A few weeks ago Hollywood gave us “Paul Blart: Mall Cop 2,” a sequel no one asked for. Now we have “Avengers: Age of Ultron,” a sequel most everyone has been asking for since the moment they walked out of the theater after seeing the first Avengers in 2012.
All your favorite superheroes are back in “Avengers: Age of Ultron,” including Iron Man (Robert Downey Jr.), Captain America (Chris Evans), the Hulk (Mark Ruffalo) and many more. This time around, the group must stop an artificial intelligence being known as Ultron (played by James Spader) from destroying mankind. Joss Whedon returns as writer/director.
Being the sequel to a global phenomenon like “The Avengers,” not to mention following arguably three of the better Marvel movies (and the worst in “Thor 2”), “Ultron” had a huge shoes to fill. And for the most part, it follows up its predecessors with great success.
Right off the bat, the best thing about “Avengers: Age of Ultron” is the dialogue, and the interactions it creates for its characters. There is plenty of heart and soul in this sequel, but also honestly, as of May, this is the funniest film of 2015. Utilizing Robert Downey Jr.’s amazing charm and wit, the film gives him and the other Avengers hilarious one-liners and banter, but at the same time never feels like it is sacrificing its dignity for the sake of a joke.
The film is also filled with some of the most fun and ingenious action shots I may have ever seen in. I won’t ruin any of them, but Whedon really played around with moving the camera, and it resulted in some pretty amazing shots. The variety of action scenes vary, and each one brings a different flavor to the film. The opening sequence of “Ultron” is the most fun I’ve had at the movies in a long time.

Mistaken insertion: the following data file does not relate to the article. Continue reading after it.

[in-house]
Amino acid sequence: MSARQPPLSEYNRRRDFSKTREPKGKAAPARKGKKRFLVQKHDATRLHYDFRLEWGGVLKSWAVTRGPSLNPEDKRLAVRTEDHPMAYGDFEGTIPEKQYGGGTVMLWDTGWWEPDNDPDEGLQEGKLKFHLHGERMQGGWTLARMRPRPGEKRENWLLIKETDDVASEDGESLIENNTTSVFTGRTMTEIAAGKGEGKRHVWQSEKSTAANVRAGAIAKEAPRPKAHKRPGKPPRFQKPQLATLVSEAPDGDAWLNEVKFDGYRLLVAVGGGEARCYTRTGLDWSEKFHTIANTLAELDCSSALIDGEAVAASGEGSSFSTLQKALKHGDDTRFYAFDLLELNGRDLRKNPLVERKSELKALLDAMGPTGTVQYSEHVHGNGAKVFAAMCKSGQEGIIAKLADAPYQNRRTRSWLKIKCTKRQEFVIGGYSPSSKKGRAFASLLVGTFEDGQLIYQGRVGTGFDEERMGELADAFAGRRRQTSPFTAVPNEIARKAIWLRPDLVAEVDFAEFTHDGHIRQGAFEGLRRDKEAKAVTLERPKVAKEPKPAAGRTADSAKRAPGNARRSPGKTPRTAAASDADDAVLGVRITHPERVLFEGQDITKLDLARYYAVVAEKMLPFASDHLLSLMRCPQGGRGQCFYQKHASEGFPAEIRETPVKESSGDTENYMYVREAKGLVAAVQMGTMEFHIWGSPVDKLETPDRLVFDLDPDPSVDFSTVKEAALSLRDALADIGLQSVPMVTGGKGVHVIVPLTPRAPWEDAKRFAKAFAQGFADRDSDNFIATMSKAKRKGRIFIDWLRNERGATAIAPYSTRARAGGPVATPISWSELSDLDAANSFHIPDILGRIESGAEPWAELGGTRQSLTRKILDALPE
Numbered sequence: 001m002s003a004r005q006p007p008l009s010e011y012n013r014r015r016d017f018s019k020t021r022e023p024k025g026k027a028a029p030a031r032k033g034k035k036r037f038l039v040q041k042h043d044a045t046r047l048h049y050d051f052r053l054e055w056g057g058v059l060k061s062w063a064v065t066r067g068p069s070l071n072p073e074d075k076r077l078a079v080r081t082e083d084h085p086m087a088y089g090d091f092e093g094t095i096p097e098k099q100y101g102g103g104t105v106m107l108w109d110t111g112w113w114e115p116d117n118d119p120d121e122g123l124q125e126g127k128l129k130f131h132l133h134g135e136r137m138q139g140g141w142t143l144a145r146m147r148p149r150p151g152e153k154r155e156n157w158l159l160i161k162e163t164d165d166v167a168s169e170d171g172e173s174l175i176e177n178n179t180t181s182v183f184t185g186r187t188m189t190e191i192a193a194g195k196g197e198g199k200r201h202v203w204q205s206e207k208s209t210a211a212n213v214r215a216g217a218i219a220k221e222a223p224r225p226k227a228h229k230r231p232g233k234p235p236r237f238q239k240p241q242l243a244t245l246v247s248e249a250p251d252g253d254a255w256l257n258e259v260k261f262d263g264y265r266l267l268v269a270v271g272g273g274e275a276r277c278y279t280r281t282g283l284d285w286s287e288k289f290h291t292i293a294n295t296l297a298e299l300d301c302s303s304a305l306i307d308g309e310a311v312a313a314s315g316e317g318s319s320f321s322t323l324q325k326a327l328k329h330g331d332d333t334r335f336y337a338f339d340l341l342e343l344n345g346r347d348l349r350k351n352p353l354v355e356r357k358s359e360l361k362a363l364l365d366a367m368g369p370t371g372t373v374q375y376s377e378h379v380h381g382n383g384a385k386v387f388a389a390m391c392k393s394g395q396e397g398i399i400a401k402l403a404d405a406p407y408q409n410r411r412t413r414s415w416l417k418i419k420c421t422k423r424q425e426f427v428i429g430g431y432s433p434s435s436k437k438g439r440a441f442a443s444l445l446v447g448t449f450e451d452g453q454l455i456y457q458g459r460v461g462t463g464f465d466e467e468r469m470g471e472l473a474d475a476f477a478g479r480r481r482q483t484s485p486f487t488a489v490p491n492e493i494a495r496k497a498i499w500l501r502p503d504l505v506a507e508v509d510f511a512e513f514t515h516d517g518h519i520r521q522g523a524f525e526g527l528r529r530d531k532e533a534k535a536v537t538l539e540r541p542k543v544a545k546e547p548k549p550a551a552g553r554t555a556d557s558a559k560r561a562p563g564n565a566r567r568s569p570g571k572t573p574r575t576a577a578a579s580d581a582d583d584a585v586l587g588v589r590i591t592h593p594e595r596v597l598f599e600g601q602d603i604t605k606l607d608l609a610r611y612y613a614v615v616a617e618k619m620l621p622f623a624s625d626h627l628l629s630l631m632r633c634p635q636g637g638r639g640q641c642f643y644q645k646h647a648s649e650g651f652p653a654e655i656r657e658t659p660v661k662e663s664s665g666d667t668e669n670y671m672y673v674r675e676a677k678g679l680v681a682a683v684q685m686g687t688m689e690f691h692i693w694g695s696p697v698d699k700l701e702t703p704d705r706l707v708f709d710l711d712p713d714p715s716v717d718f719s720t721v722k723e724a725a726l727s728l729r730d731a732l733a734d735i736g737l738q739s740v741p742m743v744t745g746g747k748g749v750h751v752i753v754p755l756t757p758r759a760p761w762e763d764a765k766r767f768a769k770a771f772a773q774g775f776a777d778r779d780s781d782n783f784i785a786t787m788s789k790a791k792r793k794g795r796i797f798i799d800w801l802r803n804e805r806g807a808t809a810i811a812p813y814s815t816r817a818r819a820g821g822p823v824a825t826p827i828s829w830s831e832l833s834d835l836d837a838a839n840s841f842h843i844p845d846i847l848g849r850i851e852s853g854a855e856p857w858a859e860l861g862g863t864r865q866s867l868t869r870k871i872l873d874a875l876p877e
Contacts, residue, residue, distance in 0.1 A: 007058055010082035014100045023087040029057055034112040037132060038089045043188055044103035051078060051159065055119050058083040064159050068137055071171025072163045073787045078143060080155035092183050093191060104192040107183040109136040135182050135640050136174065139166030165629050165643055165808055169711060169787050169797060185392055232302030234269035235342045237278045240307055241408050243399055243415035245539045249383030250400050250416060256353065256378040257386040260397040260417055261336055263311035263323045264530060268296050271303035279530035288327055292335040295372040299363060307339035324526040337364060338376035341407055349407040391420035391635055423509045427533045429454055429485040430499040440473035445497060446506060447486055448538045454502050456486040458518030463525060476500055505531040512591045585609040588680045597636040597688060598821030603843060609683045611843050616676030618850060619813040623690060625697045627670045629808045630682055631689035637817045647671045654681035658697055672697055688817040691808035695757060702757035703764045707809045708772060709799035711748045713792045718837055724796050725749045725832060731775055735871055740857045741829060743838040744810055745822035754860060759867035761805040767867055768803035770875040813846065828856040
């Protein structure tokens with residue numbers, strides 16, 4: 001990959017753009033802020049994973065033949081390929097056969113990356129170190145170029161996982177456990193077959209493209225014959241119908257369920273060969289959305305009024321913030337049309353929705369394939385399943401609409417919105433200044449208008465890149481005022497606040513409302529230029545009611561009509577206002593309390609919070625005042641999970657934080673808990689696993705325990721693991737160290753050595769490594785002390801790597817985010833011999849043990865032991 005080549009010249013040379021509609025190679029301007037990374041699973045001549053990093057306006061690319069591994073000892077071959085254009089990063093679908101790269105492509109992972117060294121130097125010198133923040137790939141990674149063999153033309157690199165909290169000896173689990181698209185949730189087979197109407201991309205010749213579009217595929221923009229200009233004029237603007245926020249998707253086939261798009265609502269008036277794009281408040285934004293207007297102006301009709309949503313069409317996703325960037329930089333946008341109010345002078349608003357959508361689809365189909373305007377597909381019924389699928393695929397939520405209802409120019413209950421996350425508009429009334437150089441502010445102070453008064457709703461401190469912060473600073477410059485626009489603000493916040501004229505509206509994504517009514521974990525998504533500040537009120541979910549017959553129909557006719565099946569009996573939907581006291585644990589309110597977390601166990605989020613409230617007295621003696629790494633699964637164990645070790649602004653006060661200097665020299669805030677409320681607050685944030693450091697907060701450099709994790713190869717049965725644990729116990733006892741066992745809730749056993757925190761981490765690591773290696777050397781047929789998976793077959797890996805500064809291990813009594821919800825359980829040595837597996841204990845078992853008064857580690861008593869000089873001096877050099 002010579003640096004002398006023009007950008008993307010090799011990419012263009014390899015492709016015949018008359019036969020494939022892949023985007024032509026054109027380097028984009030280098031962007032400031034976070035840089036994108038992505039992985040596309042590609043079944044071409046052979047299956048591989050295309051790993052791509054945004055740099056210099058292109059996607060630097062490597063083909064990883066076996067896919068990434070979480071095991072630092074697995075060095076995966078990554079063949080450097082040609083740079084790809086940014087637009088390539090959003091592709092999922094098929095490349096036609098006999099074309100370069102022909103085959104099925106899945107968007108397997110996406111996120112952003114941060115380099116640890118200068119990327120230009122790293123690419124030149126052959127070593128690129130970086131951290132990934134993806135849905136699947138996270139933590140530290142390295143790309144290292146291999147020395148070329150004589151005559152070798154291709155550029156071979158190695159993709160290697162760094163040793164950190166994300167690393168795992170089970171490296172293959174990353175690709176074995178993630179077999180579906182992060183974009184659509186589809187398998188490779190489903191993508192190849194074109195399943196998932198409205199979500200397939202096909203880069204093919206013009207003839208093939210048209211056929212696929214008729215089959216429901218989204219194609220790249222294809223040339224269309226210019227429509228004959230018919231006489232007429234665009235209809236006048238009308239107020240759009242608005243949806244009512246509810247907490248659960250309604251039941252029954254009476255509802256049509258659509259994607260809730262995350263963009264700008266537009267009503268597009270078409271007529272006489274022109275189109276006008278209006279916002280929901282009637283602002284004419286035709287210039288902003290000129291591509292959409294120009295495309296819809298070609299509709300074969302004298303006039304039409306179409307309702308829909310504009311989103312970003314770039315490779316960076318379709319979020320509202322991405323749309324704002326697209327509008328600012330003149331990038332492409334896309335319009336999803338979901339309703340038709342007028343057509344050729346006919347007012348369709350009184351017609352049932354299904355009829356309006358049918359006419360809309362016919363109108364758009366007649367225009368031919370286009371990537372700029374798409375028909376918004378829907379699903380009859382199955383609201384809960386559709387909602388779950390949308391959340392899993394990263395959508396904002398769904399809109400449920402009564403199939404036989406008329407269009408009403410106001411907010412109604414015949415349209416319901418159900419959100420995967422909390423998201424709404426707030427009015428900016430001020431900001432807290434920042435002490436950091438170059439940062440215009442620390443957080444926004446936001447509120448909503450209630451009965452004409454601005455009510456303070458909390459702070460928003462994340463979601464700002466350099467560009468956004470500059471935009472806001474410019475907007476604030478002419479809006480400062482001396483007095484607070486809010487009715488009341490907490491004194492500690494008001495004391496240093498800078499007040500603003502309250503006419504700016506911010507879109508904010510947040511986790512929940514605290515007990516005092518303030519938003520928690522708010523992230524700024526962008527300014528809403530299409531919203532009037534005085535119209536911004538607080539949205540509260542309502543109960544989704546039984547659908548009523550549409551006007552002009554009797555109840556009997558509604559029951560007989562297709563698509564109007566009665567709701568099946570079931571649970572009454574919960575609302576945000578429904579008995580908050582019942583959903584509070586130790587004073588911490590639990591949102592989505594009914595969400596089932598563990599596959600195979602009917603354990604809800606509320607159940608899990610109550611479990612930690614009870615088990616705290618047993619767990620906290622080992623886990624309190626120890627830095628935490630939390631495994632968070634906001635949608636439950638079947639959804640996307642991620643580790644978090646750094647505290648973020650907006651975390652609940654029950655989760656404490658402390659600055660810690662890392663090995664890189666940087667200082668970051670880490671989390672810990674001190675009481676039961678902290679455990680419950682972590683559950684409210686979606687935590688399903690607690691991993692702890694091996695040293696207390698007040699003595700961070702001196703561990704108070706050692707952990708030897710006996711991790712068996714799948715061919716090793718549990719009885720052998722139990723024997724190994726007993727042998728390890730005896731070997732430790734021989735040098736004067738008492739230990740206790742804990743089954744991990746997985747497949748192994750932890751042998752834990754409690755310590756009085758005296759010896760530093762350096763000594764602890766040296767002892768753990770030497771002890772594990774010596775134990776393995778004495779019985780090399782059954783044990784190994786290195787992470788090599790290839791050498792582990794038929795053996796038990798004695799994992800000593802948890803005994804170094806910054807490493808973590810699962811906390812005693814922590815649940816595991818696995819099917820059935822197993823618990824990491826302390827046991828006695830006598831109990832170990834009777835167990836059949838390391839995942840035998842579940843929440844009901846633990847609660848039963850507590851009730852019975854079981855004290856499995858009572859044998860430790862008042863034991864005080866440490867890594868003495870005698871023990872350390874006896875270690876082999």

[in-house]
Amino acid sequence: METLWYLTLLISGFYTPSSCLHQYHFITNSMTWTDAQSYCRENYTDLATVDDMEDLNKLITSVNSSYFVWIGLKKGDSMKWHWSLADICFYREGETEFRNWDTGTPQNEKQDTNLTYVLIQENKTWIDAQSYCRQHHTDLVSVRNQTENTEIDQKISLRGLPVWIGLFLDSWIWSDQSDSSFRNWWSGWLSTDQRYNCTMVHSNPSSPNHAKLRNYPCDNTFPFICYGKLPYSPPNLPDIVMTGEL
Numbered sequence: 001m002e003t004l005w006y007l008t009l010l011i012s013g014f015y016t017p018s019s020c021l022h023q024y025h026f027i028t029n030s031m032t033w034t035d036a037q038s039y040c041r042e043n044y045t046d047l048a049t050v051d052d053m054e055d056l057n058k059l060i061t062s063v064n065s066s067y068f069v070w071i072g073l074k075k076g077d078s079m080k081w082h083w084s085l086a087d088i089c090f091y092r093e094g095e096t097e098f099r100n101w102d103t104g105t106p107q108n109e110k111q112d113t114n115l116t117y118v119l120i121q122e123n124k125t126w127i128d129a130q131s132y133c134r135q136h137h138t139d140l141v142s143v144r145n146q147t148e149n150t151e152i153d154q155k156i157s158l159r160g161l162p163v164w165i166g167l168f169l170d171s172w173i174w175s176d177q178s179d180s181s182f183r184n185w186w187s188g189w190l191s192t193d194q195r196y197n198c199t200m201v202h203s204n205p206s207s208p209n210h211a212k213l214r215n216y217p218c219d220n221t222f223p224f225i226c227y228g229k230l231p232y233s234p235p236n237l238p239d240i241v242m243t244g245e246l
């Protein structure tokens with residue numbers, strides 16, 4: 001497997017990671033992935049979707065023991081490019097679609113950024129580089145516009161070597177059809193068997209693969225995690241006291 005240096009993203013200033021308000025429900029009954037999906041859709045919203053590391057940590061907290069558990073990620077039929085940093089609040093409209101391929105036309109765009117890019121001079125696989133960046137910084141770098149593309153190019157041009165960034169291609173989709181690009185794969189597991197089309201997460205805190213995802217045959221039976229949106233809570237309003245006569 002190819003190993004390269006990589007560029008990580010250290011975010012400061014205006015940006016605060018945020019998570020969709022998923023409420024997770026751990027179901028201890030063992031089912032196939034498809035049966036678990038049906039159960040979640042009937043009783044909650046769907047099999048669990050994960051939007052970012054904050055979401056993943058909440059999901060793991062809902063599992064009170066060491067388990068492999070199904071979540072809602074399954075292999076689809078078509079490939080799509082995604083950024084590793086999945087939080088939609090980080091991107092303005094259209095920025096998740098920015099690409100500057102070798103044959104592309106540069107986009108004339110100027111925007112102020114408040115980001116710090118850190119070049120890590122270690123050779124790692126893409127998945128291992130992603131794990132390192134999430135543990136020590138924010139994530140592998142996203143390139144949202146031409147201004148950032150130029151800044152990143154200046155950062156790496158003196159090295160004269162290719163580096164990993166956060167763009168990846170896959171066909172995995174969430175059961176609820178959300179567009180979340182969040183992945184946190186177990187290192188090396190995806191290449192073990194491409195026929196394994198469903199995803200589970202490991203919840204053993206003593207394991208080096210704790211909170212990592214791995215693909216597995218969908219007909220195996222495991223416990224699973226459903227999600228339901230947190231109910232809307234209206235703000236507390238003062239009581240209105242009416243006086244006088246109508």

“Ultron’s” biggest asset may also be its biggest flaw, and that is in the writing. While the dialogue is fantastic, the plot itself is a bit messier. Characters receive life-threatening injuries simply to have the scene abruptly end and they are never heard of again. Did they live? Did they die? Did they find Jimmy Hoffa? Who knows. Ultron also doesn’t seem to know what exactly his master plan is, continuously switching how he wants to achieve his goal. And then there is this “rare chemical” that seems to have a half dozen different uses, depending on what the plot needs from it (come on, “Avengers,” leave that lazy writing for “Thor 2”).
The finale is also a bit overlong, eventually becoming faceless villain henchmen being lined up like cattle for slaughter (same situation as “Iron Man 3” and the first “Avengers,” so if you were fine with it there then this isn’t going to irk you).
There really isn’t too much wrong with “Avengers: Age of Ultron” from a summer blockbuster perspective. It’s a lot of colorful fun, and if that’s all you want, then you’re going to love every minute of it. If you were hoping for a mind-blowing epic that redefined the superhero genre, then it won’t meet those expectations, however it’s entertaining as anything, never feels like its 2+ hour runtime, and you get 11 superheroes for the price of one ticket. How many times can you say that?
Critics Rating: 8/10